How big is the problem? - Gaming regulator wants Gov't to examine compulsive gambling

October 14, 2016
Lottery tickets
Gamblers gather in an off-track betting parlour to place wager on a Sunday.

Fearful that Jamaica could be overrun by persons who gamble continuously, the entity that is set up to oversee the development of casino gaming in Jamaica has called on the Government to urgently study the problem.

"In preparation for casino gambling in Jamaica, the commission came to the conclusion that it is important that research be undertaken to establish the current levels of problem gambling in Jamaica," a report tabled in Parliament said.

The Jamaica Child and Adolescent Gambling Survey 2007, which was conducted by Hope Enterprise Limited on behalf of RISE Life Management Services, found that nearly 11 per cent of Jamaican teens were problem gamblers and an additional 9.6 per cent were classified as at risk.

"What this translates to is that one out of every five adolescents, or basically 20 per cent of the population between the ages of 10 and 19, is either a problem gambler or is at risk of becoming one," the survey found.

In its report to Parliament, the Casino Gaming Commission said that the research is critical since there is currently no established benchmark as it relates to the levels of problem gambling in Jamaica.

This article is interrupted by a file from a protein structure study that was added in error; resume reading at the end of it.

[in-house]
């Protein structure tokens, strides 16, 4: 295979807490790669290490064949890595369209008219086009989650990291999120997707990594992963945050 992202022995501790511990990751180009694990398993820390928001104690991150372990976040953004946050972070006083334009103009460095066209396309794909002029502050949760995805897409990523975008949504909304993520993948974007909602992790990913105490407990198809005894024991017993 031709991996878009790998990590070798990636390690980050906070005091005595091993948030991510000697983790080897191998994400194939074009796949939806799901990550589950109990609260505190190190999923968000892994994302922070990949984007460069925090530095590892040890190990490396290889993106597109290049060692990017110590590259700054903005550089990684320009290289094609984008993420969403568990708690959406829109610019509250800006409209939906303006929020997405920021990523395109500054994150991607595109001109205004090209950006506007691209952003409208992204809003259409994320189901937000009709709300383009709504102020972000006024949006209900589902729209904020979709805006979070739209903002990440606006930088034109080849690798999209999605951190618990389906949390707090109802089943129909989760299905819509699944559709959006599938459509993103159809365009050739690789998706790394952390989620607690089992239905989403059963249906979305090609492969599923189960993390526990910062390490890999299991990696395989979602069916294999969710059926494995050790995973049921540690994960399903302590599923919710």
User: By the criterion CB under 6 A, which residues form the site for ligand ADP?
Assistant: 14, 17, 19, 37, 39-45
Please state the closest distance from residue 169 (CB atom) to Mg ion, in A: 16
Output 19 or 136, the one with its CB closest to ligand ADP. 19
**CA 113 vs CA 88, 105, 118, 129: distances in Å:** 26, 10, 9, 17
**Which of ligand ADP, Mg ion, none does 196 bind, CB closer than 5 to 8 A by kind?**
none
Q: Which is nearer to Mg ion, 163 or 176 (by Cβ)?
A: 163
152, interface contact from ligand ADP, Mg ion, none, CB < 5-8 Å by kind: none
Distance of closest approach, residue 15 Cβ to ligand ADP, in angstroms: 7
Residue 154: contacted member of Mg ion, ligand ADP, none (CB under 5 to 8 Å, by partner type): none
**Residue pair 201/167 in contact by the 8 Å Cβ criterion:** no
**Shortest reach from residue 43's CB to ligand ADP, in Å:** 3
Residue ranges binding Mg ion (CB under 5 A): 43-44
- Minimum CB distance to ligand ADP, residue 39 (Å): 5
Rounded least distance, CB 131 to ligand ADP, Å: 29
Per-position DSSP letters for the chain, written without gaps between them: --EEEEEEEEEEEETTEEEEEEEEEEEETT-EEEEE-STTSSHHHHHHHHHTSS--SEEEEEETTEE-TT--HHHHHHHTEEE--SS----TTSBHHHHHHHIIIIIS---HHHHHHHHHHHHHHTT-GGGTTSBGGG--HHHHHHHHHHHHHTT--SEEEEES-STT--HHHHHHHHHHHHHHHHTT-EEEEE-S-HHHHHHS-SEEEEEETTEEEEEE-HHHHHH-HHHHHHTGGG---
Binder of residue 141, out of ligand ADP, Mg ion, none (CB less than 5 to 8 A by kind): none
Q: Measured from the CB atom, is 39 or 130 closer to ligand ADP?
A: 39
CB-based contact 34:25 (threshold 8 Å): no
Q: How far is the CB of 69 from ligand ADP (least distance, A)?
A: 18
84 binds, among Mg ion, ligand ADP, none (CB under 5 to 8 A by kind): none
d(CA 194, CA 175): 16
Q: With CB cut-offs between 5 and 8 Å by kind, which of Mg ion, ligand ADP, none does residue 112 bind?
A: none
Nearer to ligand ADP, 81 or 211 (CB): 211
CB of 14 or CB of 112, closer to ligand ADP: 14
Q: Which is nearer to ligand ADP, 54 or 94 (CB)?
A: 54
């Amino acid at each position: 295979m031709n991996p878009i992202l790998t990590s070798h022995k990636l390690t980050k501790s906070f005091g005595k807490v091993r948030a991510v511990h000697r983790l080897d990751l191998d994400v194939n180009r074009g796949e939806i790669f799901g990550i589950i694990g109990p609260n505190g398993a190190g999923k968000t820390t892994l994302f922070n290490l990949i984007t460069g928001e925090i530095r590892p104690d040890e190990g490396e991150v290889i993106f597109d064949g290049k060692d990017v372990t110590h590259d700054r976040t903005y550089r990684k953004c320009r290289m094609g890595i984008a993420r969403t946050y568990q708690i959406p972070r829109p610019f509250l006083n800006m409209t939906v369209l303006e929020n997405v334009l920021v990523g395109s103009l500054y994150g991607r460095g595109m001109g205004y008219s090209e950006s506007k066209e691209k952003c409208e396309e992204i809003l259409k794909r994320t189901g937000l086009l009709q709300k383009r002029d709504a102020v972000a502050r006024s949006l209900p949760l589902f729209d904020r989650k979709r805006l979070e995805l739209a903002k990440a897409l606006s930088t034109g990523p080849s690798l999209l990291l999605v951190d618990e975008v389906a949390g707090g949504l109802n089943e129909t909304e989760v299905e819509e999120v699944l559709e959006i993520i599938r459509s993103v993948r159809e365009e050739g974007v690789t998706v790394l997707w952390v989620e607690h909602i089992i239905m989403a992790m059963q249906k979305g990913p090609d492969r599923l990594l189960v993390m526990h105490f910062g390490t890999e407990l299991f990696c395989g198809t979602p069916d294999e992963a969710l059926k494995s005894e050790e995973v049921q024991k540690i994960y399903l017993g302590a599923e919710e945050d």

"While the commission is aware that problem gambling is a worldwide phenomenon, it is a matter that needs to be addressed by putting measures in place to reduce its effects on the local community," the Commission said.

"Conducting such a research agenda will ensure that problems faced by the current gambling outlets will be documented and recommendations made for mitigating the problems currently being experienced. It will provide the benchmark for future studies in mapping the impact of casinos, when they become operational on problem gaming. This study will also provide information that will be useful and could benefit internal and external stakeholders, allowing them to make informed decisions with respect to their operations," it added.




Jamaica is set to introduce casino gaming to the gaming landscape, which already has gaming lounges, lotteries, wagering, and betting.

Richard Henry, project coordinator for the Gambling Prevention Programme at RISE Life, told THE WEEKEND STAR that his entity has been asking for a problem gaming study to be done.

There has never been a study on adult gambling in Jamaica or for that matter within the English-speaking Caribbean. Henry said that such a study would, among other things, establish prevalence and incidence rates of gambling disorders islandwide as well as correlations with psychiatric illnesses, domestic violence and drug-use disorders.

Henry said that RISE had met with Phillip Shelton, former head of the Casino Gaming Commission, prior to him leaving, and he agreed that there was need for a study on adult gaming in Jamaica. Henry said that the Betting Gaming and Lotteries Commission has show reasonable interest in moving this process along and getting the study done.

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